The authors review cognitive research on the differences between experienced and novice writers, identifying areas like “Writing Objectives,” “Revision,” and “Sense of Audience” (269-70). They present “[f]oundational [r]esearch” that compares the “writer-based prose” of inexpert writers with the “reader-based prose” of experts (271), as well as the whole-essay conceptualization of successful writers versus the piecemeal approach of novices, among other differentiating features (269).

The study was implemented during the first two weeks of class over two semesters, with eight participating faculty teaching thirteen sections. Two hundred twenty-five students from three precollegiate levels and the single transfer-level course completed the tasks. The study essays were similar to the standard college placement essays taken by most of the students in that they were timed responses to prompts, but for the study, students were asked to read two pieces and “interpret, and synthesize” them in their responses (272-73). One piece was a biographical excerpt (Harriet Tubman or Louie Zamperini, war hero) and the other a “shorter, nonfiction article outlining particular character qualities or traits,” one discussing leadership and the other resilience (274). The prompts asked students to choose a single trait exhibited by the subject that most contributed to his or her success (274).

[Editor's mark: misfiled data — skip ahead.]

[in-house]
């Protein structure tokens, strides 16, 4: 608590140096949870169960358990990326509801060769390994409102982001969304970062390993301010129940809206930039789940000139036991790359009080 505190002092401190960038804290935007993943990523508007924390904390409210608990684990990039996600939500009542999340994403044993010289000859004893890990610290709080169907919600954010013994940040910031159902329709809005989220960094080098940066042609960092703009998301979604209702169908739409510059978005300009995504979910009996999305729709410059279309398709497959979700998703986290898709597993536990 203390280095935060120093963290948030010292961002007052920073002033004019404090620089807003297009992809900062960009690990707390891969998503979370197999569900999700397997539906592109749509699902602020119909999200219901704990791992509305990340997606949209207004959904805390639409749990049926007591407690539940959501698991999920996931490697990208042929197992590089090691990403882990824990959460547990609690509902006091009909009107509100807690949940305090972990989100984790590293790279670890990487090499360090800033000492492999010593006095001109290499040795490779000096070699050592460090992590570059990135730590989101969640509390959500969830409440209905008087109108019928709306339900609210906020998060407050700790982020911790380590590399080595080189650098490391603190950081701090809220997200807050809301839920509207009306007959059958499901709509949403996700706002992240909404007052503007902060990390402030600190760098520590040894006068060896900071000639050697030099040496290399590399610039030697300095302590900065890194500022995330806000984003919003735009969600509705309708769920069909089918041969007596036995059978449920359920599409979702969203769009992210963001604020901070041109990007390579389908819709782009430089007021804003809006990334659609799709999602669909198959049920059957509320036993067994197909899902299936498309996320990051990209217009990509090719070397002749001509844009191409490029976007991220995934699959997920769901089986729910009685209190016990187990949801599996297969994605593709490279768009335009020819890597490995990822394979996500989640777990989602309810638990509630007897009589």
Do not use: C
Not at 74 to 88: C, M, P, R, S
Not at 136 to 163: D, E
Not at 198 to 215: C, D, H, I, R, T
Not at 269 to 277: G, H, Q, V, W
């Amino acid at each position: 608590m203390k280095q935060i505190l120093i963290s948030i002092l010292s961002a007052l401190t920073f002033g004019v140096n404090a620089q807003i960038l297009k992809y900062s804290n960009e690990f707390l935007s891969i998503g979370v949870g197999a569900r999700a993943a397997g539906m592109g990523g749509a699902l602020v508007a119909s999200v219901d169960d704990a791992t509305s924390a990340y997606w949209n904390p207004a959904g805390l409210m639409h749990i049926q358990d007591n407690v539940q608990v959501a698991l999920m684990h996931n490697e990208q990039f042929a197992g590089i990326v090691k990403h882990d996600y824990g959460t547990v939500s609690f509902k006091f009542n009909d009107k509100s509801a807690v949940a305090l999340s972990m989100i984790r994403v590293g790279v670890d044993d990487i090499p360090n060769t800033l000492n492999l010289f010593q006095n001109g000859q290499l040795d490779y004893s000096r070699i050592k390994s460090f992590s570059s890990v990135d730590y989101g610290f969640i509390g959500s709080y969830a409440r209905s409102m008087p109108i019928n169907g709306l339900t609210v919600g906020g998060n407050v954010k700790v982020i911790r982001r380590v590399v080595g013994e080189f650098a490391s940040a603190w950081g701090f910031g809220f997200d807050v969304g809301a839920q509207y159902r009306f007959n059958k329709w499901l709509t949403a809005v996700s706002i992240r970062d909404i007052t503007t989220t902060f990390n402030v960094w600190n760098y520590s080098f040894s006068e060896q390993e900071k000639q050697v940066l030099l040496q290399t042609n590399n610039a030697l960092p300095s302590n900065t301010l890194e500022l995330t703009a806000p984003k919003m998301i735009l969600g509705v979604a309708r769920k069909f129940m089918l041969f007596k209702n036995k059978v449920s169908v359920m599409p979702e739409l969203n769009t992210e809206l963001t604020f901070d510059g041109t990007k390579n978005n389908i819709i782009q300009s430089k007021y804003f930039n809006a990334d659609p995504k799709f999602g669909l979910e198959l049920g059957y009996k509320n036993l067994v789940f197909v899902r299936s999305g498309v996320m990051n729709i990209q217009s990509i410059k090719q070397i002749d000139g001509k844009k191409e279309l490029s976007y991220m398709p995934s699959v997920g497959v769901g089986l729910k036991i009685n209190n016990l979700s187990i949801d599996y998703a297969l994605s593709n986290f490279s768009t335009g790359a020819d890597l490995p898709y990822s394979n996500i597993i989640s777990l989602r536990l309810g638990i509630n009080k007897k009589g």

In the first of two 45-minute sessions, teachers read the pieces aloud while students followed along, then gave preliminary guidance using a graphical organizer. In the second session, students wrote their essays. The essays were rated by experienced writing instructors trained in scoring, using criteria for “high-school writing competency” based on principles established by mainstream composition assessment models (273-74).

Using “several passes through the data,” the lead researcher examined a subset of 76 papers that covered the full range of scores in order to identify features that were “compared in frequency across levels.” Differences in the frequency of these features were analyzed for statistical significance across the four levels (275). A subsample of 18 high-scoring papers was subsequently analyzed for “distinguishing elements . . . that were not present in lower-scoring papers,” including some features that had not been previously identified (275).

Nine features were compared across the four levels; the authors provide examples of presence versus absence of these features (276-79). Three features differed significantly in their frequency in the transfer-level course versus the precollegiate courses: including a clear claim, responding to the specific directions of the prompt, and referring to the texts (279).